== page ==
South of the Tagus and Lisbon lay the Setubal Peninsula. The coastline is dominated by a 1,600 foot mountain, the Serra da Arrabida, and the small national park named for it. This park is home to the best hiking trail in the vicinity of Lisbon, and its a mere 30 minute drive from the city. The trailhead is located about 100 feet down the road from the Convento da Arrabida. It runs down the extremely steep slope of the mountain, along a rugged, partly washed-out trail that winds through heavy foliage, including fragrant wild rosemary bushes. The views of the sea on the way down are spectacular and worth stopping to savor. At the bottom, hikers should follow the road to Portinho da Arrabida and the Oceanographic Museum. Along the way, there is a large orphanage that looks like a hotel or dormitory on the left. Across from this is a path that leads down to a sea cave. The main road itself leads to a small village with a few good seafood restaurants and a nice beach, and at the very end of the road are the ruins of a Roman salt fish works. This is a one-way trail, so the return trip means going back by the same route.
Fortaleza de Sta. Maria da Arrábida
Portinho da Arrábida
Tel.: (351) 21 218 97 91
Northern Portugal is home to the Parque Nacional da Peneda-Geres, and inside this large, lush protected area is the Serra da Geres, a 5,078 foot rugged mountain with steep sides that plunge into the river valleys below. Starting at the Gerese campground, there is a 23 mile trail that traverses the mountain, coming back around in a loop to return at the campground. Given the steep climbs, any hiker who wants to enjoy the scenery should plan on this being an overnight hike.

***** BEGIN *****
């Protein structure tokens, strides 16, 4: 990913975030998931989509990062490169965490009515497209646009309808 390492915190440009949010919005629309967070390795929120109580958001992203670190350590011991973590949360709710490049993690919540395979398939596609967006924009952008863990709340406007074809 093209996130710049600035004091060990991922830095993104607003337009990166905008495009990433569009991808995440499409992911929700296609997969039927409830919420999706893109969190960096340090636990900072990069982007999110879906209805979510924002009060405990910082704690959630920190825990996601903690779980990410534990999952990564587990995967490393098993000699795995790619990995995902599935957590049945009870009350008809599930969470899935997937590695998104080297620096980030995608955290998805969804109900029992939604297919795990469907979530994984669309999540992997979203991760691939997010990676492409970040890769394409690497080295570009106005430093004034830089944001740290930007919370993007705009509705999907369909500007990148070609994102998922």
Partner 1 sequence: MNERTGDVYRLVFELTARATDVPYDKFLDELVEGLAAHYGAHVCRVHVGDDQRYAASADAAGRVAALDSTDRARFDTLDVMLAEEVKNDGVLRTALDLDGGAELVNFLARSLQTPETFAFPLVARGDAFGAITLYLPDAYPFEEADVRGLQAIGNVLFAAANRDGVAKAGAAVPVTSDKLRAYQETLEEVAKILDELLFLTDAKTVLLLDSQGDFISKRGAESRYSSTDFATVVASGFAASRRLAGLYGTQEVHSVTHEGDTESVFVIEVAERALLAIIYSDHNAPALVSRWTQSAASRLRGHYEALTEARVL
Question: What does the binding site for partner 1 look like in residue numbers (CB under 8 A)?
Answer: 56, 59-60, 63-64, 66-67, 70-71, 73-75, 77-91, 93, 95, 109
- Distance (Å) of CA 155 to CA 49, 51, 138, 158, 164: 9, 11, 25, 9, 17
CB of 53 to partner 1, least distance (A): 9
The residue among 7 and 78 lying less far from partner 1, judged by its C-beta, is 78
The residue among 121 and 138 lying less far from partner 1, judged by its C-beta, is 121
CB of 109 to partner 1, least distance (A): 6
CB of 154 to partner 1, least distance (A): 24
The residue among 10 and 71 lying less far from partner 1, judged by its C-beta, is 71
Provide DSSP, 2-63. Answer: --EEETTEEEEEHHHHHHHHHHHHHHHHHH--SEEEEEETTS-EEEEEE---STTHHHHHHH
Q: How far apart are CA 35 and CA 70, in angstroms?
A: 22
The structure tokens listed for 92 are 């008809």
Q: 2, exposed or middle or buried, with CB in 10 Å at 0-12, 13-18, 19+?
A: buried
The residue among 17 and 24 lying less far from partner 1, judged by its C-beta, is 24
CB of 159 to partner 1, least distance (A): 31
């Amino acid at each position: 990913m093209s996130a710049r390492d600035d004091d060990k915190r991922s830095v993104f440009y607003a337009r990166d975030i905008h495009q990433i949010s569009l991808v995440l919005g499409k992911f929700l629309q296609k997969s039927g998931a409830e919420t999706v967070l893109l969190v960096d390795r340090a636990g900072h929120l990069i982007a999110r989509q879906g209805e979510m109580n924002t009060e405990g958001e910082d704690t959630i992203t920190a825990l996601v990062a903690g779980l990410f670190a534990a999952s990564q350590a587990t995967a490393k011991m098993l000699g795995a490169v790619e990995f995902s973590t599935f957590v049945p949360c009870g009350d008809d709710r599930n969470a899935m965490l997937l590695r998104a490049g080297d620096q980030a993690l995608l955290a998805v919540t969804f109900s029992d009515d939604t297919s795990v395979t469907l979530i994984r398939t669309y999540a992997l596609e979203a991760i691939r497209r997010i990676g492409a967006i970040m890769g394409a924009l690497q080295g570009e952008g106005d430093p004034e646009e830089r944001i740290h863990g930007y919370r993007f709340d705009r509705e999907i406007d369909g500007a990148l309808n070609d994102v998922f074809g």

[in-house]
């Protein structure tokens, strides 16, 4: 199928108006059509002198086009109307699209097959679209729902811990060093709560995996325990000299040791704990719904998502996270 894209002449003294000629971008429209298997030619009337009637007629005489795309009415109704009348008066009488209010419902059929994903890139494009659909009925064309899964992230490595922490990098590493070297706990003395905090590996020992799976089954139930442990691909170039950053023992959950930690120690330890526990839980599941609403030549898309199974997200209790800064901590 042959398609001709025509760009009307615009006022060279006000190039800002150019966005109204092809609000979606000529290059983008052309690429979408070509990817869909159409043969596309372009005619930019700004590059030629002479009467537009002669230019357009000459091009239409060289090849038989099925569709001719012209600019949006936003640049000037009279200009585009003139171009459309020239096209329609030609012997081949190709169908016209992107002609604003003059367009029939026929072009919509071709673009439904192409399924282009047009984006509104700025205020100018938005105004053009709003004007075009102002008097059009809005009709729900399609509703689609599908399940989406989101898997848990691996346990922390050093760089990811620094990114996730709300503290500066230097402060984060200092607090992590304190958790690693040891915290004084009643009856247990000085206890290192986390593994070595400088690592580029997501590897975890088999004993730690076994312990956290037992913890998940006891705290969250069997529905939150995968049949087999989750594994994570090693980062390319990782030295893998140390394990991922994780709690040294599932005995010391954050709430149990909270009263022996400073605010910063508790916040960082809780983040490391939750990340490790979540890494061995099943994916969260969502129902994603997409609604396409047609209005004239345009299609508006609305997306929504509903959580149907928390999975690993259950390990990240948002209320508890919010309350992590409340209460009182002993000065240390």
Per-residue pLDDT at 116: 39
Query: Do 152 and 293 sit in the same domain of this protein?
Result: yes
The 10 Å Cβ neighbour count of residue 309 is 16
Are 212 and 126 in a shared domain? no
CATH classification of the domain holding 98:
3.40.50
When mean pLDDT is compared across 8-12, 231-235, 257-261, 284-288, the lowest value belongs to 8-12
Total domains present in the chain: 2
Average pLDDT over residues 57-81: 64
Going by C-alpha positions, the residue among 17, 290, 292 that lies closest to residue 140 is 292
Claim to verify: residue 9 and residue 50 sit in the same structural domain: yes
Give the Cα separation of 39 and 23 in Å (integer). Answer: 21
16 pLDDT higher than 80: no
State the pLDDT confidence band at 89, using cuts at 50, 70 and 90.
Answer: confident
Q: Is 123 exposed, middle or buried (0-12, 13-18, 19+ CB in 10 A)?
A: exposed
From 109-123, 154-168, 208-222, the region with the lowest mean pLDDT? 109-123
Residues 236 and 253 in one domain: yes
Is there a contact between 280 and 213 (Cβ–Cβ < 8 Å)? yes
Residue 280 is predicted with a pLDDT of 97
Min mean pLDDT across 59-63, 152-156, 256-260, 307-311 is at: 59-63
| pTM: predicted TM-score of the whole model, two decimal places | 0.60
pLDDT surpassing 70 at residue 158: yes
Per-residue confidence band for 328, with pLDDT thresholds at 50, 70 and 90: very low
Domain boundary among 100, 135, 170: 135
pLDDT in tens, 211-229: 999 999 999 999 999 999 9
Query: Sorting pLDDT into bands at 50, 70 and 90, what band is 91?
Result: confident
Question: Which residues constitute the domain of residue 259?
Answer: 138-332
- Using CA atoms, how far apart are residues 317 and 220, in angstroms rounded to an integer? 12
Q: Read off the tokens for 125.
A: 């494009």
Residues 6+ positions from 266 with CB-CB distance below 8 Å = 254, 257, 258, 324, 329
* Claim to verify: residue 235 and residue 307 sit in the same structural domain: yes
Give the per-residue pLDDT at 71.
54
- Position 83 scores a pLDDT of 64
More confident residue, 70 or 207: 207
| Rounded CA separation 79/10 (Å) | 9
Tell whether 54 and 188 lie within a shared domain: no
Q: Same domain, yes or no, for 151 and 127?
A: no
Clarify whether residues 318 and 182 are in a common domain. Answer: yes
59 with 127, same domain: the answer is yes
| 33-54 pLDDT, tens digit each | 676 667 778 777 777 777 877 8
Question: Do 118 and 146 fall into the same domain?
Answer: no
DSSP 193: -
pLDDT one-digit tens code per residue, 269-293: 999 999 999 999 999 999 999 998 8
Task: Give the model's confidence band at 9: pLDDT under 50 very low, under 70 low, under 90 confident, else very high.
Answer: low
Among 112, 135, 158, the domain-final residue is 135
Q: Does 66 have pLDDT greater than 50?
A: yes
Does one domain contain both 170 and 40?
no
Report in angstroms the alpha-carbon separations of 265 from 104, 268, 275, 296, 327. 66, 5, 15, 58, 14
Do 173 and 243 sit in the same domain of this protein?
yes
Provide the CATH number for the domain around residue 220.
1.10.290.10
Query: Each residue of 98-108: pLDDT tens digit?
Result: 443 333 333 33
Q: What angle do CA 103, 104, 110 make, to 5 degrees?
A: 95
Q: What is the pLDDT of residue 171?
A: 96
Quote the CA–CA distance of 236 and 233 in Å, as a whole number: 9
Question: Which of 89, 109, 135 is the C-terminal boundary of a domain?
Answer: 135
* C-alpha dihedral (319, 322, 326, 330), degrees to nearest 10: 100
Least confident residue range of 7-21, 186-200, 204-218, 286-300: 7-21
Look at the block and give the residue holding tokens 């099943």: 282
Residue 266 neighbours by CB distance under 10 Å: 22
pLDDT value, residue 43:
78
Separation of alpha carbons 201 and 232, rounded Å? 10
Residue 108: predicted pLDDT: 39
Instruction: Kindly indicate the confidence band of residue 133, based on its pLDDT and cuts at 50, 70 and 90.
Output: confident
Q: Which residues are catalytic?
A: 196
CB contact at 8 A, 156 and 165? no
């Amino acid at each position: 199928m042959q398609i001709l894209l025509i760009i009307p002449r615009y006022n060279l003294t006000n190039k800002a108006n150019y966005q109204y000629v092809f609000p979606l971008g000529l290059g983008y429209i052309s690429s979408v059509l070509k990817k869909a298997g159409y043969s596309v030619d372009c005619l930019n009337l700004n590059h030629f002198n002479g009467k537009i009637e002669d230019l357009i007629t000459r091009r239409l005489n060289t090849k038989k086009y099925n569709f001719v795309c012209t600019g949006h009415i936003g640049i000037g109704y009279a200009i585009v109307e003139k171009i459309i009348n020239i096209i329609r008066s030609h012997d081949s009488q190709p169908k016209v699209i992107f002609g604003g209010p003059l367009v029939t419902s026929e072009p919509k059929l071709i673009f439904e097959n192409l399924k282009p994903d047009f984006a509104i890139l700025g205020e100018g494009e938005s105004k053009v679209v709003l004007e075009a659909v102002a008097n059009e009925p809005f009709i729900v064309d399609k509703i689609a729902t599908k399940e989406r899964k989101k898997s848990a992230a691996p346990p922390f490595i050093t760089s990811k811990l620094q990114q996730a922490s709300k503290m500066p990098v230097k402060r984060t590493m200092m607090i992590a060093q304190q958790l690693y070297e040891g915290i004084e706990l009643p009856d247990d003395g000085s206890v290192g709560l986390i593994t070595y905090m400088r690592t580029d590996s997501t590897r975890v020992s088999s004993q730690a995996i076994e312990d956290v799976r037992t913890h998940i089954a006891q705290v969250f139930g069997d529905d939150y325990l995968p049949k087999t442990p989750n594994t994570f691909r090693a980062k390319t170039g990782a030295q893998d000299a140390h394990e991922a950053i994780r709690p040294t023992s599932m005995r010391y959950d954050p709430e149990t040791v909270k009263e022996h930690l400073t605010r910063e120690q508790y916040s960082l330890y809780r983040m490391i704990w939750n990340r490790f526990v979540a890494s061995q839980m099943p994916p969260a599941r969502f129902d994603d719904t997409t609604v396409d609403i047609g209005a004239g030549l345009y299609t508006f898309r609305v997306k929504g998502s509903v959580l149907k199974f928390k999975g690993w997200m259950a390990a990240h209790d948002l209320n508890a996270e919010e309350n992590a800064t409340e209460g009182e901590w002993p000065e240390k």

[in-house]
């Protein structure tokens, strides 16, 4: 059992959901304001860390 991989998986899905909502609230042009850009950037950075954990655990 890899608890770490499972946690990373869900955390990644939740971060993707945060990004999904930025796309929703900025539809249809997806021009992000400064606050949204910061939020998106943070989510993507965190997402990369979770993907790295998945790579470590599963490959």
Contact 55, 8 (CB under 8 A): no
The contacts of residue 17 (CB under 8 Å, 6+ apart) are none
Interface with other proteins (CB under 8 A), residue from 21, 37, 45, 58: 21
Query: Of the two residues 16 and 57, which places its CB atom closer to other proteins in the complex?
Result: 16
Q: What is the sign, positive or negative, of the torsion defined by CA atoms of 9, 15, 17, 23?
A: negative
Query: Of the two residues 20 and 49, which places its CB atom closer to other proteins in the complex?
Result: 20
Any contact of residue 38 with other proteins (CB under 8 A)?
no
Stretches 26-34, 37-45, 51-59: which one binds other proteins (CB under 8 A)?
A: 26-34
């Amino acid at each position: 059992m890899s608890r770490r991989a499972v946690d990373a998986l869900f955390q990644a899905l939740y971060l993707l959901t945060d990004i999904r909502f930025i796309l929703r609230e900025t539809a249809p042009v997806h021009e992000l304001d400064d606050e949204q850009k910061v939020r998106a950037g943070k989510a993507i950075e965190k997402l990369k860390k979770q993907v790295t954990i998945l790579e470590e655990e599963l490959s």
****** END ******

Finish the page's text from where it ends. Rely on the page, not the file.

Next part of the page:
Porta do PNPG em Campo do Gerês
4840-030 CAMPO DO GERÊS
Tel. (351) 253 351 888
Another of Portugal's major parks is in the north, the Parque Natural Serra de Estrela, and it is also named after a rugged mountain. This is Portugal's highest mountain, at 6,539 feet. It is also home to a trail that runs for 70 miles, traversing the mountain. It can be done in less time, but enjoying the scenery and stopping at campsites for the night will space the trek out to 4 or 5 days. The route strings together several of the parks trails into one long network, so it can be broken into shorter day treks if that is desired.
Centro de Informação de Bragança
Rua Cónego Albano Falcão, Lote 5
5300 - 044 BRAGANÇA
Tel. (351) 273 300 400
The Beira Littoral is home to Coimbra, Portugal's medieval capital. Near Coimbra is Lousa, and in the hills above Lousa are a collection of "lost villages" that were abandoned in the 1950s. They are now partly reclaimed by people seeking upcountry holiday homes, but the landscape retains its isolated character, and the village cottages, both ruined and restored, are still quaint things fashioned from local stone. From Lousa, follow the signs out of town and towards the Castelo da Lousa. The castle itself is a nice medieval fortress fringed with oak trees, and worthy of a little lingering. Downhill from the castle is a fluvial and a restaurant, and behind that restaurant is a large patio overlooking the valley. At the rear of this is the trailhead, which forks out to three different "lost" villages: Talasnal, Casal Novo, and Chiqueiro. Once the trailhead is found, the route is clearly marked, and the hike to a single village should take little more than an hour.
Tourist Information Office
Rua Joao Luso
3200 - 246 LOUSA
Tel: (351) 239 990 040